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STGraves
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Sort of, I remember some time ago a user told me that thanks to the flicker the character could have more colors, kind of like overlapping two sprites to make one with the colors of both combined.

 

Ok, that makes sense. Before you go nuts trying to blend colors, keep in mind that the flicker for Atari isn't very fast (sluggish processor?), and also keep in mind that you have all these colors at your disposal.

 

Atari2600_NTSC_palette.png

Edited by DarkCart
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I'll lay it out step by step then

 

1. Create 2 sprites, color in what needs to be (insert color here)

2. In the default.bas, set player0color to the first color, set player1color to second color

3. Set player0x, player0y, player1x, and player1y to the same value (50 for example)

4. When the joystick is pressed up, update not only player0y but also player1y. Do this for down, left, and right.

5. This multicolor sprite will NOT flicker, but any subsequent sprites will.

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Just creatively change the color going down like this.

Ok, well this is player0 and player1 side-by-side, but you get the idea?

post-26314-0-76542700-1349504827.png

 

 

If you are talking about using the same player alternating like D.K. VCS, then you really should only have "2" per horizontal,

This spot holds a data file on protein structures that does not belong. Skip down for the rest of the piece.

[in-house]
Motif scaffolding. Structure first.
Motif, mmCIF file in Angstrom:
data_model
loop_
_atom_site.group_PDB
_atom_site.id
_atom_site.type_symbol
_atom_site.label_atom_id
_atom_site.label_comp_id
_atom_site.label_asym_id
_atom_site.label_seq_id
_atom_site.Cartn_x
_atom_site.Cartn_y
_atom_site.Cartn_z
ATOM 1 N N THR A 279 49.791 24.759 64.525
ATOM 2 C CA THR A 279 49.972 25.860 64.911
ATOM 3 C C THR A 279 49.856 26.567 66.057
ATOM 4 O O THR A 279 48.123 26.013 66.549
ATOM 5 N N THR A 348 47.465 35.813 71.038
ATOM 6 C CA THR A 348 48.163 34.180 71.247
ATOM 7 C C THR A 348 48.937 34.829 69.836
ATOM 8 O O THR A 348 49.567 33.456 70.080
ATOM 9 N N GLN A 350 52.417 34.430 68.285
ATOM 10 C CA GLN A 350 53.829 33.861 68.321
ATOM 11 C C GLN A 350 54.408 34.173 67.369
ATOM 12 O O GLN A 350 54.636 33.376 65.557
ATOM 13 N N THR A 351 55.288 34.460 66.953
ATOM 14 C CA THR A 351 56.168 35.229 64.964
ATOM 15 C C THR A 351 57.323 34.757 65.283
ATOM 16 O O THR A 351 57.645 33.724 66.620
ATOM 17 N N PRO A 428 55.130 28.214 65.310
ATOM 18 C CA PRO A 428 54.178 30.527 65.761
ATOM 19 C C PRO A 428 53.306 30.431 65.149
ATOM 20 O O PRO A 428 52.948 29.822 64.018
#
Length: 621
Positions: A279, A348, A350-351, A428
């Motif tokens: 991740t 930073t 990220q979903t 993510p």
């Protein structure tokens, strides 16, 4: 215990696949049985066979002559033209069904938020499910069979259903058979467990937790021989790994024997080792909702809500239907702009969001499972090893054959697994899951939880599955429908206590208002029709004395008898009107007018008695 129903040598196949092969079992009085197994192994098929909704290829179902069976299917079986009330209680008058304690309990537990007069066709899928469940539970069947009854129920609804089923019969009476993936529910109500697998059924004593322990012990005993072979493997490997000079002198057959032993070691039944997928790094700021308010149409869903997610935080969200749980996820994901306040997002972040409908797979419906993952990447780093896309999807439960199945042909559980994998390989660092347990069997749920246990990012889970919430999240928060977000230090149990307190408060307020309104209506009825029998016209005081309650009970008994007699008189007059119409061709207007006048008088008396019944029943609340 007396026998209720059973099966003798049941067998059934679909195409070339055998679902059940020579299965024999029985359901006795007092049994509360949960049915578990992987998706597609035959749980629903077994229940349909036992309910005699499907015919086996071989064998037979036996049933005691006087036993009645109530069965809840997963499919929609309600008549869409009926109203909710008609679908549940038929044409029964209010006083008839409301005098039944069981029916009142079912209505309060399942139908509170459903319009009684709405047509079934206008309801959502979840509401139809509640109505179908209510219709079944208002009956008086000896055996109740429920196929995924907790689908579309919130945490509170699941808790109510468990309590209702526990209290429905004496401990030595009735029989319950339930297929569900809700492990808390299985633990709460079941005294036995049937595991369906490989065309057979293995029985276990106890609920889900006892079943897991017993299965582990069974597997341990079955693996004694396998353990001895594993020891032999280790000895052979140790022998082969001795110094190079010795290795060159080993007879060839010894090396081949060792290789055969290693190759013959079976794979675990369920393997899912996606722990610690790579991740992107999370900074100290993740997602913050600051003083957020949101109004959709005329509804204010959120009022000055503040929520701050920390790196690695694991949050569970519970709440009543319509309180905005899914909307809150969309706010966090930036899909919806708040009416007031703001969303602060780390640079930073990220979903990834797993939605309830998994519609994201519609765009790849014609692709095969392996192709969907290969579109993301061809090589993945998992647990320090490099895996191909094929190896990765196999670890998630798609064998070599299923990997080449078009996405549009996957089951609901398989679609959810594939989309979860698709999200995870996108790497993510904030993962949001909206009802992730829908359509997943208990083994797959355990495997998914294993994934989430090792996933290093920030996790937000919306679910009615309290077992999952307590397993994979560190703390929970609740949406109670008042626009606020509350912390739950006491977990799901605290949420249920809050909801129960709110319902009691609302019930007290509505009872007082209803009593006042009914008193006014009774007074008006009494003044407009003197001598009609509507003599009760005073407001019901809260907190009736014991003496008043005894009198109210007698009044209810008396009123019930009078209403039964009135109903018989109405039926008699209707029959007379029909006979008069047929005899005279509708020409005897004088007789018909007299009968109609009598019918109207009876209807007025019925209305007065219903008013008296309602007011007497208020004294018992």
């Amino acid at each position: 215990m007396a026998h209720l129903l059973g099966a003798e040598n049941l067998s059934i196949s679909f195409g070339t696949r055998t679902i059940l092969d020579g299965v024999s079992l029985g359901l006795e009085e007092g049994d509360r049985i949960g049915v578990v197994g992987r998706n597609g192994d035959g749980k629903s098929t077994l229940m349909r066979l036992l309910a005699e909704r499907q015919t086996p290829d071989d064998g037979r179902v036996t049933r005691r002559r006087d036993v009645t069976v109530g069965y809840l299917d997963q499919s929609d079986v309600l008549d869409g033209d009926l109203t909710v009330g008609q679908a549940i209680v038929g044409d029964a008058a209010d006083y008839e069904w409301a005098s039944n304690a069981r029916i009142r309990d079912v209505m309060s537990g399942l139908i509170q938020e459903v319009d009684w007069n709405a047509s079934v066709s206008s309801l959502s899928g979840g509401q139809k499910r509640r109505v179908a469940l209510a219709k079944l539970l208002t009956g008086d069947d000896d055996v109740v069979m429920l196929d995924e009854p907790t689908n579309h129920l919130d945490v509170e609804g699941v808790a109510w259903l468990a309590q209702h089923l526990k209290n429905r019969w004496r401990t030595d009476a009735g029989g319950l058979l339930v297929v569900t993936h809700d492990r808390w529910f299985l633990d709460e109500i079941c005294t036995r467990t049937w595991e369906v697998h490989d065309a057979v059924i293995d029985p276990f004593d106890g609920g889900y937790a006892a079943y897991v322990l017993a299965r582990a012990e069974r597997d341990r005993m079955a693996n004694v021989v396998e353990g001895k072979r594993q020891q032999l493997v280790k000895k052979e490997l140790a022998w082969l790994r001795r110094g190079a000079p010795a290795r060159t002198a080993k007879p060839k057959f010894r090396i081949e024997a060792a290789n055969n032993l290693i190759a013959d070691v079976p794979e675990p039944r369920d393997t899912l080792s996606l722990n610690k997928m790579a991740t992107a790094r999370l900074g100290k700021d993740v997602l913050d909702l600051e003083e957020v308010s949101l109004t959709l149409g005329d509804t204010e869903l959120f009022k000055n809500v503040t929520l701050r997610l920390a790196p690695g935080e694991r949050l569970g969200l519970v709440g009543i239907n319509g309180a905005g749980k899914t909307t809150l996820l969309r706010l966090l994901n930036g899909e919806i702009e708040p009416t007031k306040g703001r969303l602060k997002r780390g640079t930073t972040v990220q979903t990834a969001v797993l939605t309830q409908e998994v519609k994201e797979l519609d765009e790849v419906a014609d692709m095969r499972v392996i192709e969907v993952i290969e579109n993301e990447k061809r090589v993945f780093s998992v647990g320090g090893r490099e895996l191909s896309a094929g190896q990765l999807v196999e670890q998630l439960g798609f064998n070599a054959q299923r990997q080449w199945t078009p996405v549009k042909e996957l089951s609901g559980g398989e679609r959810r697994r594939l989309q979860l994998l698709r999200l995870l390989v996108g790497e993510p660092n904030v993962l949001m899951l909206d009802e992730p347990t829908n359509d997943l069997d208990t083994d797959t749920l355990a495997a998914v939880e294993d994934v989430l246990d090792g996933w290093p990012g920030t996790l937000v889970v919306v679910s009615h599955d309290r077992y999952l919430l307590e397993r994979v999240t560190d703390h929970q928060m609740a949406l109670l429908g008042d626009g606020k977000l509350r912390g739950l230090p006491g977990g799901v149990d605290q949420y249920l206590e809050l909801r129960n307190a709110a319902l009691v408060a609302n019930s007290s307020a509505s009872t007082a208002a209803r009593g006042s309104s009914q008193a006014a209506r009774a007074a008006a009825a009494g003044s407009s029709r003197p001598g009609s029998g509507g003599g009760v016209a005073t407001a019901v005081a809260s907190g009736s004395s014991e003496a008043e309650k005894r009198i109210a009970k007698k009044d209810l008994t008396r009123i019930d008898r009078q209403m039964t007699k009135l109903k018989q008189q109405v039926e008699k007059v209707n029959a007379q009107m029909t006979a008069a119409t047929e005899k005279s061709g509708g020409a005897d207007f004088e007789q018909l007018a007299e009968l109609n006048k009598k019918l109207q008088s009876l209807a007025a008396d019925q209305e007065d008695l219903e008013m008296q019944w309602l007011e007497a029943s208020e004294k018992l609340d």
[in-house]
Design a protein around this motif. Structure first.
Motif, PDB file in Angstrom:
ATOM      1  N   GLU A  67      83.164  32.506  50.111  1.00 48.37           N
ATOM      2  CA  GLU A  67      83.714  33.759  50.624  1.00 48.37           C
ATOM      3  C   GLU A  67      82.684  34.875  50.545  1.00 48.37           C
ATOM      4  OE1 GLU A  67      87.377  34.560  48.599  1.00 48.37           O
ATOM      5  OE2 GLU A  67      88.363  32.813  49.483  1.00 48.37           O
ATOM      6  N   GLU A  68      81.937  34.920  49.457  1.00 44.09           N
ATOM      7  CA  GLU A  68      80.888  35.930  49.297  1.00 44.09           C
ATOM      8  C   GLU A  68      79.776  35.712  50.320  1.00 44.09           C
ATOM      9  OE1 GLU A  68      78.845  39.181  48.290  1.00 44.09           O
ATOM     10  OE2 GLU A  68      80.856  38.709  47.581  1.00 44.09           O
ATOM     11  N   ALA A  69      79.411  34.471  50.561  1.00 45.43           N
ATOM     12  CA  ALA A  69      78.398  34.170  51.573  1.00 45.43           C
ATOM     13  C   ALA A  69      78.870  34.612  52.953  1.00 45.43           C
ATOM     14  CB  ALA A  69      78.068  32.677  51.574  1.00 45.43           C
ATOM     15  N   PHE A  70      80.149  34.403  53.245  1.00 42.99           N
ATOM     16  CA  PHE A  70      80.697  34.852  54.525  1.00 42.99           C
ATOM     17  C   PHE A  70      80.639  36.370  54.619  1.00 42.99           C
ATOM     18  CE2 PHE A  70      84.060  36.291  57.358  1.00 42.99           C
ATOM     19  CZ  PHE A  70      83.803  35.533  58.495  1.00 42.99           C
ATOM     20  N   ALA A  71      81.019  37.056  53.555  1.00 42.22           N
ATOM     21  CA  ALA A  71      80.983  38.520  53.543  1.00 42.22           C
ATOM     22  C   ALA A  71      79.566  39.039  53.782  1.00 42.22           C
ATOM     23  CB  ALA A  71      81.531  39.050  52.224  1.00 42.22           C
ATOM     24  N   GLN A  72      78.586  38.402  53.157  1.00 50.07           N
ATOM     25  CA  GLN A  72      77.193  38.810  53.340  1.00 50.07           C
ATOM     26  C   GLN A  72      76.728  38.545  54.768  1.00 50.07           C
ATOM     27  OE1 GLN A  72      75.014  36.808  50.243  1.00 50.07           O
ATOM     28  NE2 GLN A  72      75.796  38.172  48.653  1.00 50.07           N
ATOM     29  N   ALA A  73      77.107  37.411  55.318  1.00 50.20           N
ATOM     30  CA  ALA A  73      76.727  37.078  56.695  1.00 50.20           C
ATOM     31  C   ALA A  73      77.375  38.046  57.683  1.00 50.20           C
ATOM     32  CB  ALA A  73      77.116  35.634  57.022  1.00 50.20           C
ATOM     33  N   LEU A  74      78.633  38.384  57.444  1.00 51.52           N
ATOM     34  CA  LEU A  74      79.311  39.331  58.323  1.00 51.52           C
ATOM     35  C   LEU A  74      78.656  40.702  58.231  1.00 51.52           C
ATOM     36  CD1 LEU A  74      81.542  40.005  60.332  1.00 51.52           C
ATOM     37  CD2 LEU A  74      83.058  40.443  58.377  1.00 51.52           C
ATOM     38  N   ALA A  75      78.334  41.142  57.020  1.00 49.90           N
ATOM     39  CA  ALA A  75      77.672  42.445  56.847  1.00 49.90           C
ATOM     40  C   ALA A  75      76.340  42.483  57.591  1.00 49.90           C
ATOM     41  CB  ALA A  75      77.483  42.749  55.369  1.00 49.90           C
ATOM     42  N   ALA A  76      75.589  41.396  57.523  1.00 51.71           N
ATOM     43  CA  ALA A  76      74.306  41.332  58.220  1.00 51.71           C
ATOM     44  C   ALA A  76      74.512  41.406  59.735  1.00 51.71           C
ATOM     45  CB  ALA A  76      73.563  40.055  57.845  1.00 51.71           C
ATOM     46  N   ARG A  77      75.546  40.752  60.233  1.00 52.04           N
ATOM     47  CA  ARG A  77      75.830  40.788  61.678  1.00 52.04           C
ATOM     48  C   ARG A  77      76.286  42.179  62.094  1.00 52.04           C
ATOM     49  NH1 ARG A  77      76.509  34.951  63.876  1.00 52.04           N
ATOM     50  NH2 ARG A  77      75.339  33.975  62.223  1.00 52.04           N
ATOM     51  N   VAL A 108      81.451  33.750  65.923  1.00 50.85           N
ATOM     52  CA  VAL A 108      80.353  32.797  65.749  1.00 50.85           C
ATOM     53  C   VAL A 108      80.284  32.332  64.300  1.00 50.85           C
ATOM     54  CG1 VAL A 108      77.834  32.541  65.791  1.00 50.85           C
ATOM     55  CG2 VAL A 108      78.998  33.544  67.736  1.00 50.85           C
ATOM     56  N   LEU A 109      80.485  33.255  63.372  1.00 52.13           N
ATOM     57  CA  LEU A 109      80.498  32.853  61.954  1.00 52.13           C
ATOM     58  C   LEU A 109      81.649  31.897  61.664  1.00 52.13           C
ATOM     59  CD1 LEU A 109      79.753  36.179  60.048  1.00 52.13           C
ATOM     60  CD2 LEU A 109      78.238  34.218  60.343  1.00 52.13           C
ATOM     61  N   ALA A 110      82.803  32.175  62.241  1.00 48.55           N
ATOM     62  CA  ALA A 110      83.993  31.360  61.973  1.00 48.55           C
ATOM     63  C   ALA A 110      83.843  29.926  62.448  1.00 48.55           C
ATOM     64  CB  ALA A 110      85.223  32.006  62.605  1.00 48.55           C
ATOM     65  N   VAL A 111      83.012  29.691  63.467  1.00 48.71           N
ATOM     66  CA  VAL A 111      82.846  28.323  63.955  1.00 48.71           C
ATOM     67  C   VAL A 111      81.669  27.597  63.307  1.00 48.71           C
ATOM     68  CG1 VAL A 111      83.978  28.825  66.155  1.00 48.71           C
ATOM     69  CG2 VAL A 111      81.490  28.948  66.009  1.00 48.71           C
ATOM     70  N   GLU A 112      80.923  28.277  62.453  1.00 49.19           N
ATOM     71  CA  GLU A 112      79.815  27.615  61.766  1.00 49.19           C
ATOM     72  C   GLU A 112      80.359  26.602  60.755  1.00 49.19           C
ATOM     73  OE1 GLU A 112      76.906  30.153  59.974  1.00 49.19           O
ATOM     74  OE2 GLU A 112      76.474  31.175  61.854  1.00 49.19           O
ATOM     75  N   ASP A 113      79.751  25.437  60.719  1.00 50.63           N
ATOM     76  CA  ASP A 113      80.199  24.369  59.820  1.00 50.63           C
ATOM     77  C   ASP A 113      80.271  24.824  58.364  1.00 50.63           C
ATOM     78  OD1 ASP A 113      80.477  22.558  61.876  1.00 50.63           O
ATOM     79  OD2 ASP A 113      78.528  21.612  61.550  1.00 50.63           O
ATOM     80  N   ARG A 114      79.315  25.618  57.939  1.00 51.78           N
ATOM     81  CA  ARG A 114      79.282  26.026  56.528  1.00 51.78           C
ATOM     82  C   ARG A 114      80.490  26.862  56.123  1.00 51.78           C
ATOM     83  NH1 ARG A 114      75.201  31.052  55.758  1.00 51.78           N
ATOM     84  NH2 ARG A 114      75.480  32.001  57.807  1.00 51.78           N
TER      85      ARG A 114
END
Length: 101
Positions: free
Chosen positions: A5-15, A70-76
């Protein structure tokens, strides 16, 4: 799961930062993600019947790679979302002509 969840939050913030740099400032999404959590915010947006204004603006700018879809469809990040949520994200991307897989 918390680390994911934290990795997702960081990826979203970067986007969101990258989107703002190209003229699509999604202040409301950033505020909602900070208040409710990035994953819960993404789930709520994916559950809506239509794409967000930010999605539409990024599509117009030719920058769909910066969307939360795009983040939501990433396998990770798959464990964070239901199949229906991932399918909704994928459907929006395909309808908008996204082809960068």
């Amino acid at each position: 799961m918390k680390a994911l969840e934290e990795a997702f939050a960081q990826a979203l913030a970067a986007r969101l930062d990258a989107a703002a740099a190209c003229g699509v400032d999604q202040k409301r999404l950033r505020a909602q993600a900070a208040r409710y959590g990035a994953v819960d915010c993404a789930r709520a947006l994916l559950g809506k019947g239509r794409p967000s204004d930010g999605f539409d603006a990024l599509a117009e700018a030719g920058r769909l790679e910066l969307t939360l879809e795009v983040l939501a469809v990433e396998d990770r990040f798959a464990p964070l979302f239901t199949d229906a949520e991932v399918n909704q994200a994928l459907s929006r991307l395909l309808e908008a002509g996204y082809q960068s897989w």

and even then they will be transparent due to flickering both players in 2 places, (although the overlap can create a third color - see fireballs):

Search for "flickerpicker" to see what the third color of the two overlapping colors make. Note: It doesn't really follow "yellow and blue make green".

 

post-27536-0-24502900-1358189275.png

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I have a new question, how does pfread work?, like what is the information you put in the parenthesis, coordinates?

 

I just updated that section. See if this is any better:

 

randomterrain.com/atari-2600-memories-batari-basic-commands.html#pfread

 

I should probably add a little example program to that section. What kind of simple program would you want to see there?

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So xpos it's the coordibates in the x axis and ypos the ones in the y axis?, or the actual coordinates of a specific pixel from the playfield?

 

It's similar to pfpixel, but instead of drawing or erasing or flipping a playfield pixel, you are looking to see if a playfield pixel is there. If you know how to use pfpixel, you know how to use pfread.

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